bear crawls out from under North Carolina home
North Carolina Wildlife Resources Commission

Watch: Black Bear Crawls Out of Vent After Hibernating Inside North Carolina Home

The homeowners had no idea a bear was living beneath them.

Picture what a bear's winter den looks like. Most of us see a nice cave or burrow in the ground, or maybe even a pile of well-concealed brush or under a fallen tree. While those are all possibilities, one North Carolina black bear opted for a rather unique option: a heating vent underneath a home.

A video captured in 2021 was shared recently by North Carolina Wildlife Resources Commission on its X account. It showed a black bear wriggling itself out of a very tight crawl space, with a hole that looked just big enough for its head. The agency believed the bear had been hibernating there due to the vent's proximity to warmth, a resourceful move.

Many viewers wondered how the bear got itself in there, since it definitely was having a hard time squeezing itself back out. Others were more concerned at the prospect of having an apex predator sleeping beneath them. While the situation may be alarming, biologists with the agency say it's best to leave bears alone and avoid areas they hibernate until they leave in the spring. Much to many homeowners' chagrin, this is something that is happening more and more.

Bears are incredibly resourceful when it comes to finding a winter home. They will pick any location that seems like a safe place to den and give birth to cubs.

"We have experienced an uptick in bears denning under houses and decks over the last 10 years, as well as unleashed dogs disturbing bears in dens," said Colleen Olfenbuttel, the NCWRC's bear expert, in an agency press release. "Homeowners can safely coexist with the bears until they leave the den in the spring. This is because a denning bear is only interested in getting their winter rest or, if it's a female, caring for her cubs. Denning bears are not interested in engaging with people as long as people leave bear dens alone. Disturbances by humans or their pets may cause the bear to leave permanently and orphan her cubs."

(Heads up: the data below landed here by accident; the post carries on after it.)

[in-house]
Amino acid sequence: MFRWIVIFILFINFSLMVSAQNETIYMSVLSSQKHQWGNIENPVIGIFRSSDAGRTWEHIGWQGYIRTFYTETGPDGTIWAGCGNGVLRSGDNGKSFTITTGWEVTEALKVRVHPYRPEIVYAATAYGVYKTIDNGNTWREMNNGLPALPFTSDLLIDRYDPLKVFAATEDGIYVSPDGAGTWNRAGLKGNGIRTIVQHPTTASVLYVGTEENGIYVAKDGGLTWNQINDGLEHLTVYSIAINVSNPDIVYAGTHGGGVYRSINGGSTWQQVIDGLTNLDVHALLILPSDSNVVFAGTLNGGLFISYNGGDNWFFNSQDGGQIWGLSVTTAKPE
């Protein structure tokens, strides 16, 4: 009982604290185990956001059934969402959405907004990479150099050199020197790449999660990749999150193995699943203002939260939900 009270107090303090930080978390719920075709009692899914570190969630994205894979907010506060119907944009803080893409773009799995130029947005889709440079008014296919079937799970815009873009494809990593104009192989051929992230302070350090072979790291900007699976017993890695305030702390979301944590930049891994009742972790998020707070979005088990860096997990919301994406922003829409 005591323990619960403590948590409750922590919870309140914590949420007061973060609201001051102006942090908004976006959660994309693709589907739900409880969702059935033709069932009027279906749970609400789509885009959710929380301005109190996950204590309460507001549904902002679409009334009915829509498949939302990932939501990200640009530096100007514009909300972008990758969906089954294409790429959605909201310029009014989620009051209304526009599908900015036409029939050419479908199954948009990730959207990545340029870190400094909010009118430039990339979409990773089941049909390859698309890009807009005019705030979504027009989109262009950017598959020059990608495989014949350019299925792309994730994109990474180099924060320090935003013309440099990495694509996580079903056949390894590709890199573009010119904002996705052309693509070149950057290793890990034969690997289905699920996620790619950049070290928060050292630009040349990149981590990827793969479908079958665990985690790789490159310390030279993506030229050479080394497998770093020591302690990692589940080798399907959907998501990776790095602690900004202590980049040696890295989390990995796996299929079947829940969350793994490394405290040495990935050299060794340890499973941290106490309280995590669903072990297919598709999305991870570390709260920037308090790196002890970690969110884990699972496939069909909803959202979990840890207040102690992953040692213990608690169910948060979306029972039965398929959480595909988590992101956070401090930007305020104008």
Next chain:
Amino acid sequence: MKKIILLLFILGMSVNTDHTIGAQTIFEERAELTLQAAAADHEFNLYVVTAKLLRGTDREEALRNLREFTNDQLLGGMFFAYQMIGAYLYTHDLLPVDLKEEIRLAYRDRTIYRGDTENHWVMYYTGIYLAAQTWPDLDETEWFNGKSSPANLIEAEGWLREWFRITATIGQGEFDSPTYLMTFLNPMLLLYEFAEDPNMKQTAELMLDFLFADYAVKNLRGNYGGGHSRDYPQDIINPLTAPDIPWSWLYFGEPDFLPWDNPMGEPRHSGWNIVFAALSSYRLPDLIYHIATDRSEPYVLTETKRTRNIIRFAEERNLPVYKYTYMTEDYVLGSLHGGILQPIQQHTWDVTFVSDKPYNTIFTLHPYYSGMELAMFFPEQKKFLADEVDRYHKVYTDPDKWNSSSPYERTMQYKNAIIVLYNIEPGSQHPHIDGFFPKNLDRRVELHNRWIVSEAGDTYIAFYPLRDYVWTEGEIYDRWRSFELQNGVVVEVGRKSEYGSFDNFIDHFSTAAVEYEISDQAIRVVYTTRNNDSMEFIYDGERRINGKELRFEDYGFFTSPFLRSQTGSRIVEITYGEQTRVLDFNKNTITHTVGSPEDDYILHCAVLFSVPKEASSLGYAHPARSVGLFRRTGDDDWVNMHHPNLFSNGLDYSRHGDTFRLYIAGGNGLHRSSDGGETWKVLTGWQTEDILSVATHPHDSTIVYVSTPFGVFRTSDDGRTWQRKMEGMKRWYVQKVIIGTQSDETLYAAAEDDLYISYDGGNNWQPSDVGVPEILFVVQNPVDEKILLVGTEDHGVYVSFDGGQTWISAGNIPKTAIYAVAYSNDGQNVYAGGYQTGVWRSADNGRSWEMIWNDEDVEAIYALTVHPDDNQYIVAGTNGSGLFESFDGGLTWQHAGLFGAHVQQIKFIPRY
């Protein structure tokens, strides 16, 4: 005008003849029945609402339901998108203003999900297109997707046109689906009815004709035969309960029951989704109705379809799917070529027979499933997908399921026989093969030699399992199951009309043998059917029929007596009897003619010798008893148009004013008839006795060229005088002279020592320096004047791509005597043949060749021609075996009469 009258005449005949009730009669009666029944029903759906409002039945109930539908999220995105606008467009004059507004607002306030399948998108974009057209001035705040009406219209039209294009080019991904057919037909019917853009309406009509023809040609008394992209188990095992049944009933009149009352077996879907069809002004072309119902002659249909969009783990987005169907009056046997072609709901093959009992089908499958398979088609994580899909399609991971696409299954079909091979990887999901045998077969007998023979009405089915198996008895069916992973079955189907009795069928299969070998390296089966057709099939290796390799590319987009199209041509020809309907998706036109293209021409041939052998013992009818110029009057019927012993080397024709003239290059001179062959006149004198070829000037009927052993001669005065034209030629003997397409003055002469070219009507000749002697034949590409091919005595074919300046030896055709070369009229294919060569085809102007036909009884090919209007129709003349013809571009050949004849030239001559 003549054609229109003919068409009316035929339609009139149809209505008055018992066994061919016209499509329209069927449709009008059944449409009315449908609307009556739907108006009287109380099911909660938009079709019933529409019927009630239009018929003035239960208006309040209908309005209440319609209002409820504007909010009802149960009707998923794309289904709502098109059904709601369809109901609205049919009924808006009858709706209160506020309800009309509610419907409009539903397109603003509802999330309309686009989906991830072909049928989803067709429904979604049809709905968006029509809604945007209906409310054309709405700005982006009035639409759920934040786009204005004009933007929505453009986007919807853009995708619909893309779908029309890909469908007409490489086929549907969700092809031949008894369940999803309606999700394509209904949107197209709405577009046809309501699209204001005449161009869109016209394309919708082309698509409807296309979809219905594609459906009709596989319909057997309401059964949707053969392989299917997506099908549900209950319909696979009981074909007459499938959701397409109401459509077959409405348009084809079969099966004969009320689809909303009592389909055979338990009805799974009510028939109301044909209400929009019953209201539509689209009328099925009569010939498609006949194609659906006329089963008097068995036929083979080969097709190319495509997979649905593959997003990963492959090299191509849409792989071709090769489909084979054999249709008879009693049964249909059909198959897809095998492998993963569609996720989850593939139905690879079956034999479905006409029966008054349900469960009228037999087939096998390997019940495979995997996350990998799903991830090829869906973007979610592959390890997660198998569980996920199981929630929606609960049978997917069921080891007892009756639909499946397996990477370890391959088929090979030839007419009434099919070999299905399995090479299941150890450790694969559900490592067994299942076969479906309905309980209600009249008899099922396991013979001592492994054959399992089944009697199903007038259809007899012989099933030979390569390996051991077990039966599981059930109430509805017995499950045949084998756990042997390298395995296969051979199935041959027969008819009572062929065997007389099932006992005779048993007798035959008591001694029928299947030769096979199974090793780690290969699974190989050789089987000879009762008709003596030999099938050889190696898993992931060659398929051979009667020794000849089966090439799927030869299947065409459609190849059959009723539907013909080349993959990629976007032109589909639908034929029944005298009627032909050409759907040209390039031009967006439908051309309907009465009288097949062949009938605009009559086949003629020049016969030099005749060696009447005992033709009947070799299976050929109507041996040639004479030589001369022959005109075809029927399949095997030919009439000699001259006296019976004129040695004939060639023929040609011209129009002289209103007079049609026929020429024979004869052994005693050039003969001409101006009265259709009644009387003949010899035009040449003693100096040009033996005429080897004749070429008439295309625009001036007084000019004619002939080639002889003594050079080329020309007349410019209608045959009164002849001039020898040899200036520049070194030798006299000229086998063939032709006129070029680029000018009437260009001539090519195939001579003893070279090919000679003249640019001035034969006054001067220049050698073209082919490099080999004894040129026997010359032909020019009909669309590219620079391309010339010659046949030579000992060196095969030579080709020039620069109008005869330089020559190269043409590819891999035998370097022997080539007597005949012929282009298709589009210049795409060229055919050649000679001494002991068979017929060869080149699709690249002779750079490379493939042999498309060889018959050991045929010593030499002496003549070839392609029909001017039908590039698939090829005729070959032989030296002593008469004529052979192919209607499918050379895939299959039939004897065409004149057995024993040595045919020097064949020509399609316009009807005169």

The agency fields reports of less-than-ideal bear dens from November on. Most of the time, homeowners have no idea a bear is present until spring, when they typically retrieve deck furniture or other items from storage.

One homeowner found a female bear with her new cubs under her deck.

"The bear seems to have given birth in early January, when the homeowners were alerted to the sound of cubs crying under their deck," said Ashley Hobbs, the NCWRC's statewide BearWise coordinator. "After speaking with the homeowners and inspecting the den site, we recommended the best course of action was to limit disturbance around the deck area until the bear emerges with her cubs in the spring. This will avoid disturbing the female and potentially orphaning the cubs."

So, while it may not seem ideal to have a young bear family living under your deck, it's best for everyone to leave them alone until they are ready to move on. Just keep any pets and children away from the area until then. Mother bears can be very protective of their young.

The agency says that if cubs become orphaned, they will be captured and taken to a rehabilitation facility until they can be returned to the wild.

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